You’ve just released a brand new single with Ben Westbeech – ‘’Right Thing’’, Which is also the first release from your new Album Paranoia Aftermath. Tell us about the collaboration with Ben and how that came about?
“When my style was a bit more different, a bit more soulful, at that time that was what was jumping off for us, that was popular. Ben has a voice that I’ve always loved and he was in town with his band. I asked him if he could come over and collaborate and sit down to write something together. He came by and it went off without a hitch, He’s an amazing writer. The original track I had was a bit dated and i was going through my hard drive a couple of months ago to see if i had any vocals that i had forgotten about and mind you, this vocal was recorded 10 years ago. I was going through my hard drive and i came across the record and i go ‘wow, i never did anything with this, its just sitting here’. This is why I’m a very big advocate of not putting out everything you make because sometimes to doesn’t make sense at the time. Because you constantly go back to it and realise it doesn’t make sense in this atmosphere and whats going on in our scene today. So you put it away a little longer. Thats what i kept doing to this record and maybe a year later i come across my hard drive. it went through three different hard drives, you know how you transfer drives? so i mean i backed up all my sings on three different hard drives in 10 years. And i came across it and freaked out, i said ‘yo, i shipped out all the old music because it was all soulful stuff, but what if we updated it and did it modern?’ i was pretty shocked about it but it just worked. This was the right time to do something like this. It had a vocal in it that not everybody is doing right now, and it made sense to me because of that. Nobody has done that in a while, it came out ok!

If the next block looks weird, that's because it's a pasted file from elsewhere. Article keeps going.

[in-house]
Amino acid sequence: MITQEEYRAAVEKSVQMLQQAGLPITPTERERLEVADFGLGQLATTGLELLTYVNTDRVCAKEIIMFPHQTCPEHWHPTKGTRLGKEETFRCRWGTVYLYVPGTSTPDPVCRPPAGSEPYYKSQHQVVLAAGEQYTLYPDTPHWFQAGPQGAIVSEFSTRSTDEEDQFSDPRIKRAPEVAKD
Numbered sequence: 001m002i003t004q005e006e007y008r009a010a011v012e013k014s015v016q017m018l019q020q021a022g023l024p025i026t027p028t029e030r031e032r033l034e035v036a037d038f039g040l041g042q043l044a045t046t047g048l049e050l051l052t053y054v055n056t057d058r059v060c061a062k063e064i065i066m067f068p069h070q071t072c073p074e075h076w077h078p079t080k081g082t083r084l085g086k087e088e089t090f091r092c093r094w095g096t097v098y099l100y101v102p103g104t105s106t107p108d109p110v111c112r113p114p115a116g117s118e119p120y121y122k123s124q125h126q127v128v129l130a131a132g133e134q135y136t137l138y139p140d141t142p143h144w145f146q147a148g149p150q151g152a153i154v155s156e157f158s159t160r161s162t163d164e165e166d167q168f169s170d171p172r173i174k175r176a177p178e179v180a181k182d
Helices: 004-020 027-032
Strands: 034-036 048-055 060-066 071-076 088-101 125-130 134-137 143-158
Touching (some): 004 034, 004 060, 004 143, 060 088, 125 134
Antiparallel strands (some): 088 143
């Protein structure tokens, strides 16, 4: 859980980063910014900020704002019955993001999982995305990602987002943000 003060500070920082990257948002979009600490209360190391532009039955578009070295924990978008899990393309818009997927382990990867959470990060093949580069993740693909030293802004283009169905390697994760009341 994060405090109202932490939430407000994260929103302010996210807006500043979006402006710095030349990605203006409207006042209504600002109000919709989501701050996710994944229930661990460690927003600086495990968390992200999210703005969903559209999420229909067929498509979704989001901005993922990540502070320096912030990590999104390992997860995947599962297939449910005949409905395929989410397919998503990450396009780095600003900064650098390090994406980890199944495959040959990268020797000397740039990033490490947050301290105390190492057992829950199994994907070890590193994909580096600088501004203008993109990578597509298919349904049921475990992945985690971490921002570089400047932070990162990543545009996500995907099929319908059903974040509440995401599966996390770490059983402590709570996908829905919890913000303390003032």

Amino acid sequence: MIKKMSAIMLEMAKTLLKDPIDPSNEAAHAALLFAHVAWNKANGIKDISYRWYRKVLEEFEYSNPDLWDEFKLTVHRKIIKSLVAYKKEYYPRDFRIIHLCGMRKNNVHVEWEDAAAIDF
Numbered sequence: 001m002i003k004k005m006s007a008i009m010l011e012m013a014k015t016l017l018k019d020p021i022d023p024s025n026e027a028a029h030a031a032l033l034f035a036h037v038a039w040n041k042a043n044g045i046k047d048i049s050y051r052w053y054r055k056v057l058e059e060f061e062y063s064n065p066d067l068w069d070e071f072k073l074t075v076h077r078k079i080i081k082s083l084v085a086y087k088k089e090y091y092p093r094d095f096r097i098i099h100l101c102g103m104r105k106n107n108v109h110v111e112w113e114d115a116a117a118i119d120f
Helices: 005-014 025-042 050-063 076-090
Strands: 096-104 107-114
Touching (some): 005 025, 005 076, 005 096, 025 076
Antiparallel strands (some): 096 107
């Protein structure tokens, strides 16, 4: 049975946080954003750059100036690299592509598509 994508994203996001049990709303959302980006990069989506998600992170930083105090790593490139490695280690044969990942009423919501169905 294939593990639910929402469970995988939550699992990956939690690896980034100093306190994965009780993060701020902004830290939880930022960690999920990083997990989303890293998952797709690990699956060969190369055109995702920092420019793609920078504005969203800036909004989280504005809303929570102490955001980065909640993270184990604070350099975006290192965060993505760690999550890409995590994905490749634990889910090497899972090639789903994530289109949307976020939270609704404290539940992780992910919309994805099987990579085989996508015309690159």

Tell us about the new album Paranoia Aftermath, where did the name come from what does it mean?
“Every now and then i have to re educate myself to whats happening in the scene and the paranoia aftermath thing is me being scared of not being good enough to make records. Producers are a very sensitive, fickle bunch. Anything throws us off. And so for me a big thing in making music, you have to have some kind of confidence. you kinda have to be a little bit of a diva. Not a diva to everybody else, but in your own mind when you’re working on a record you kinda have to think you’re the shit. You do because you have to have that confidence level to do thing that some people might not do. And thats how innovation is brought about, by being bold, creative. You just tone it down when you’re around everyone else, but in the studio with the closed doors, I’m dancing and throwing my hand up in the air! i lost that confidence for a little while because i was doing soulful music for a while and then gradually doing techy, but i hadn’t really made many techy records. i come from techy don’t get me wrong but not the same techno from 1992! It just isn’t, its just different techno. You have to stay educated and sometimes that is really scary. so i would make this record and go ‘is this record good enough? nah’. Then i would put it on the hard drive and leave it there. And this was a constant battle with myself, and even to this day it’s a constant battle. So i believe that the title to this album was my paranoia aftermath. This is the result of my paranoid self!”
What made you start a new album, what else can we see from the album?
“There is this crazy record that i have been playing out lately called maniac 3000. And that is a hands up in the air thing I’ve been testing out. Its an amazing instrumental. there is a whole bunch of other stuff Bubbletop, will we get out alive? theres so many! The titles to me are almost as important as the quality of the music, they need to be memorable so it takes me a minute to figure out titles for my records”